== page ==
Glencore deal gives hope for Djarmaya refinery
Thursday, Mar 01, 2018
Chad’s Djarmaya refinery stands to benefit following the resurrection of a deal last week between the government and oil trading house Glencore.

The 20,000 bpd facility is the country’s sole refinery and is located 40 km north of the capital N’Djamena.

Glencore made an oil-backed US$1.4 billion loan in 2014, under which it would offtake output from the landlocked state.

However, oil prices fell dramatically soon after, putting pressure on oil-dependent Chad and slowing down deliveries. Glencore owns stakes in the operational Mangara and Badila oilfields, giving the company a producing entitlement output of 2.52 million barrels in 2017, down 35% from 3.88 million barrels in 2016.

The slide in production reflected disagreements among the parties over how to amend the deal in the wake of substantially altered market conditions. The deal was criticised by the International Monetary Fund (IMF) in 2017 for having vague terms with regard to loan repayments.

However, it emerged again last week after protracted negotiations, and, eased by a recovery of global oil prices, that new terms have been approved. These include a lengthening of the tenor of the loan from Glencore, originally set for 2022, until 2030, and a reduction of the applicable interest rate from LIBOR plus 7.5% to a more manageable LIBOR plus 2%.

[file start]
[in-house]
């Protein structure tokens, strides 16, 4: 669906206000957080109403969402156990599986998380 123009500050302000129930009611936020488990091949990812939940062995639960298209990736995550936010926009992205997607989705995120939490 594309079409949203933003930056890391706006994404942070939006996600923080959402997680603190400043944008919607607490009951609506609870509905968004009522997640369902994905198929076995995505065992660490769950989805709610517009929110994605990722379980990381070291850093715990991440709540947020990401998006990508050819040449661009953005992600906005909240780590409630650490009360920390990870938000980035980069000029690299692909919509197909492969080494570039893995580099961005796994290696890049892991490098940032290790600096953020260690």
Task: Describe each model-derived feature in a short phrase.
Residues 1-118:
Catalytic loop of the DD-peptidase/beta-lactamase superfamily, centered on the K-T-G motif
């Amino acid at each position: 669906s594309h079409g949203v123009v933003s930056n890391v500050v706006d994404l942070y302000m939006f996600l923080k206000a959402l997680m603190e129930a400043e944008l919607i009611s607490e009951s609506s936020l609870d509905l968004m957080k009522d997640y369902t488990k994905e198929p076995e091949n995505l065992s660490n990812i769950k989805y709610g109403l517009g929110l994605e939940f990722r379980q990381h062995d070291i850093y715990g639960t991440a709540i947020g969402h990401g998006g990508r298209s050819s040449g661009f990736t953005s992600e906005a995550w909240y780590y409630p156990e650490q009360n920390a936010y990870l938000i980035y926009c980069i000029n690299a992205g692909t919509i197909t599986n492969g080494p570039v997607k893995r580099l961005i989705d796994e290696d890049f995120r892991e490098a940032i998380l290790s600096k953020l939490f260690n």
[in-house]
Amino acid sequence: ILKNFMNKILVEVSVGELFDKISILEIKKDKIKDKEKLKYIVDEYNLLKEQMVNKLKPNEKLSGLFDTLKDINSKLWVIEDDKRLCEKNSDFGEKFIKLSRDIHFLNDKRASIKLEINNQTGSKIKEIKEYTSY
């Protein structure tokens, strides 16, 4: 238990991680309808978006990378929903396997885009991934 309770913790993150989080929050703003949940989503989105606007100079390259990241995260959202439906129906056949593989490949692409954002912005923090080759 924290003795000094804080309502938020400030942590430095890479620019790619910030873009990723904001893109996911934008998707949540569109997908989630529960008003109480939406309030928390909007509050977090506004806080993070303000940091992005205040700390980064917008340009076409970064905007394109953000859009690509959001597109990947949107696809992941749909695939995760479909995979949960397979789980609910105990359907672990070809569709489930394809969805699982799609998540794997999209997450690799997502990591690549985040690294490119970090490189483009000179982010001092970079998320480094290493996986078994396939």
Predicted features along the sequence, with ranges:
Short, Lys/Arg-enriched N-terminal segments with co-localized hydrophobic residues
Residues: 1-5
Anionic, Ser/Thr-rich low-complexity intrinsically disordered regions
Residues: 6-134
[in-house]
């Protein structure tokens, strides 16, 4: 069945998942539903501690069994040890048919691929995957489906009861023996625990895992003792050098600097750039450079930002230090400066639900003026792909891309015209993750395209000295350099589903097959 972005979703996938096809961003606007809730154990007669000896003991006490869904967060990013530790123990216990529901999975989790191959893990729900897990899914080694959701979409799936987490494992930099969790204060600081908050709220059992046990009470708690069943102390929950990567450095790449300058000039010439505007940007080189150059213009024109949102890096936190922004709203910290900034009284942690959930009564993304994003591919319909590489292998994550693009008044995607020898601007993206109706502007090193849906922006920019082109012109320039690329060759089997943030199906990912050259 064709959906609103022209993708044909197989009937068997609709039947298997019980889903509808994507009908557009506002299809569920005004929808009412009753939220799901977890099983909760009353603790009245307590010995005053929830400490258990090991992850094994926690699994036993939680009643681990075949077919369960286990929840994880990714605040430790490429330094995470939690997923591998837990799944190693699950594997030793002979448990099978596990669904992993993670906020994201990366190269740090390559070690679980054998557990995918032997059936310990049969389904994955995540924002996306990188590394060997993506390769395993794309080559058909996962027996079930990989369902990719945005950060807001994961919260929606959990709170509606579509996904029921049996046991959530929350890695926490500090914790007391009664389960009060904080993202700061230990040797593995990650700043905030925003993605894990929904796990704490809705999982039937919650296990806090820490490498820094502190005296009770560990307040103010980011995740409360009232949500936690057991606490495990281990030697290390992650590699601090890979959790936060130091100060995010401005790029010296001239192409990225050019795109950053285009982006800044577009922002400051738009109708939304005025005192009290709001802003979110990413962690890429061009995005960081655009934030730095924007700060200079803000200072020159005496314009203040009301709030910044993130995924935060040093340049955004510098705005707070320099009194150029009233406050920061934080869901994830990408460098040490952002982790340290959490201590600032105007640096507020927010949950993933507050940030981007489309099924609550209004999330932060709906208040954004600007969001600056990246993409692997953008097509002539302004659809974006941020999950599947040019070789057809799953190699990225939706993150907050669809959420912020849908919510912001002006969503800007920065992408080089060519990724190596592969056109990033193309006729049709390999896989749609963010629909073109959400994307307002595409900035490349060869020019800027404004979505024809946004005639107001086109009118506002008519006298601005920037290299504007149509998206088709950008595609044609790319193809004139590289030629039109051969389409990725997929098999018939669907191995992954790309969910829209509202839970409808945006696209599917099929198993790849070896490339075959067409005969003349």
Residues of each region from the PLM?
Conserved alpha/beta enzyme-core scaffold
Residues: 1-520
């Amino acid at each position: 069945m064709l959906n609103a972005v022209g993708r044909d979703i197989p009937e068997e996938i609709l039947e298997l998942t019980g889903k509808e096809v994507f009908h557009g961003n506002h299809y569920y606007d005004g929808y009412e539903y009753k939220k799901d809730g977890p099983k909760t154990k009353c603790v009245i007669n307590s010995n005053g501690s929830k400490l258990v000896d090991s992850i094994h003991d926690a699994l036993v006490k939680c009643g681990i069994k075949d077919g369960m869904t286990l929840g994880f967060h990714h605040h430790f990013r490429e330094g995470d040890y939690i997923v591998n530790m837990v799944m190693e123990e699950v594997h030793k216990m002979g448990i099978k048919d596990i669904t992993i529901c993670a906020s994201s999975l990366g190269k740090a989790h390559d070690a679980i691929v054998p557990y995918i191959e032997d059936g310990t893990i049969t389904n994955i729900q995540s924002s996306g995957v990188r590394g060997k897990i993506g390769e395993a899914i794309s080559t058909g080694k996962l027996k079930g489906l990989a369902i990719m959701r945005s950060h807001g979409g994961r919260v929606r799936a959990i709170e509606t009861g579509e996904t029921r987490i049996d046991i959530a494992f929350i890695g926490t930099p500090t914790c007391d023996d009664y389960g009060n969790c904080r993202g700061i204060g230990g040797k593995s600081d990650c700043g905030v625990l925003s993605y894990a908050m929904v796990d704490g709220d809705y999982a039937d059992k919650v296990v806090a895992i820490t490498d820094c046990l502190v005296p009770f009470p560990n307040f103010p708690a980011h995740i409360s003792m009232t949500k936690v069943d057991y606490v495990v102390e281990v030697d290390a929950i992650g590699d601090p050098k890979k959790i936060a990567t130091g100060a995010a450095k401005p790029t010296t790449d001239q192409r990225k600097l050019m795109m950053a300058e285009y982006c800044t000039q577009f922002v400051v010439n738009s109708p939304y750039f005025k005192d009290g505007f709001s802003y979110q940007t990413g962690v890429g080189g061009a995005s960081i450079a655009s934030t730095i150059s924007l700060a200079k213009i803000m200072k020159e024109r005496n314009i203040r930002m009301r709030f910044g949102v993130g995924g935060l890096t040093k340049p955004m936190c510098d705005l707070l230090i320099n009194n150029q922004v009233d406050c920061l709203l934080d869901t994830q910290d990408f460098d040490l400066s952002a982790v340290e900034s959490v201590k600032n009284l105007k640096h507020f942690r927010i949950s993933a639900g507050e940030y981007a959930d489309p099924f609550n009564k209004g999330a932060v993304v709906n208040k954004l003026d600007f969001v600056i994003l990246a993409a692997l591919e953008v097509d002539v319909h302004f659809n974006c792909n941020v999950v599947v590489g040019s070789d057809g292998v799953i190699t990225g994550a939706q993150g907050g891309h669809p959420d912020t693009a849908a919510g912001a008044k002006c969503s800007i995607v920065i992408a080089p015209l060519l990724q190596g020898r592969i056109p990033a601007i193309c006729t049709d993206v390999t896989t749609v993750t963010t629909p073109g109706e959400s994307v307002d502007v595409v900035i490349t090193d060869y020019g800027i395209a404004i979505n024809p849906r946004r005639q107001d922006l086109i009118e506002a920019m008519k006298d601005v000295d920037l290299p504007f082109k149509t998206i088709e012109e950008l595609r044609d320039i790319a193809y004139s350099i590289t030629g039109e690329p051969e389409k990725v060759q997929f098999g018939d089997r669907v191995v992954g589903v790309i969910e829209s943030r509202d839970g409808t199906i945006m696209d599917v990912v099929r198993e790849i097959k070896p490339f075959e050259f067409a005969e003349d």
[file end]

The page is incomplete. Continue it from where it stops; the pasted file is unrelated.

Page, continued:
Alongside the more favourable terms for Chad, assurances have been made that secure oil supplies will be made to the Djarmaya facility, which produces diesel, gasoline and kerosene.

This amendment is designed to ensure that the refinery’s oil supplies are guaranteed and have no risk of being relegated to secondary status in competition with the export market. This will be particularly important if global crude oil prices continue to recover.

Djarmaya has a volatile history, with 60% shareholder China National Petroleum Corp. (CNPC) becoming embroiled in disputes with Chadian authorities over pricing of oil products output. The plant, which cost US$758 million to complete in 2011, provides valuable fuel supplies in the north of the country, and is connected with the southern Mimosa and Ronier oilfields via pipeline.

It was closed twice in 2011 and 2013 as a result of the disagreements. However, CNPC has remained a shareholder in the plant, and despite its problems, the refinery is to some extent regarded as a model of collaboration, with Ugandan officials paying it a visit in the process of their studies to develop a new oil refinery at Hoima.

The Chinese operator will be greatly encouraged that security of supplies to the refinery form part of the revised agreement, as this supports the predictability of the plant’s operational status.

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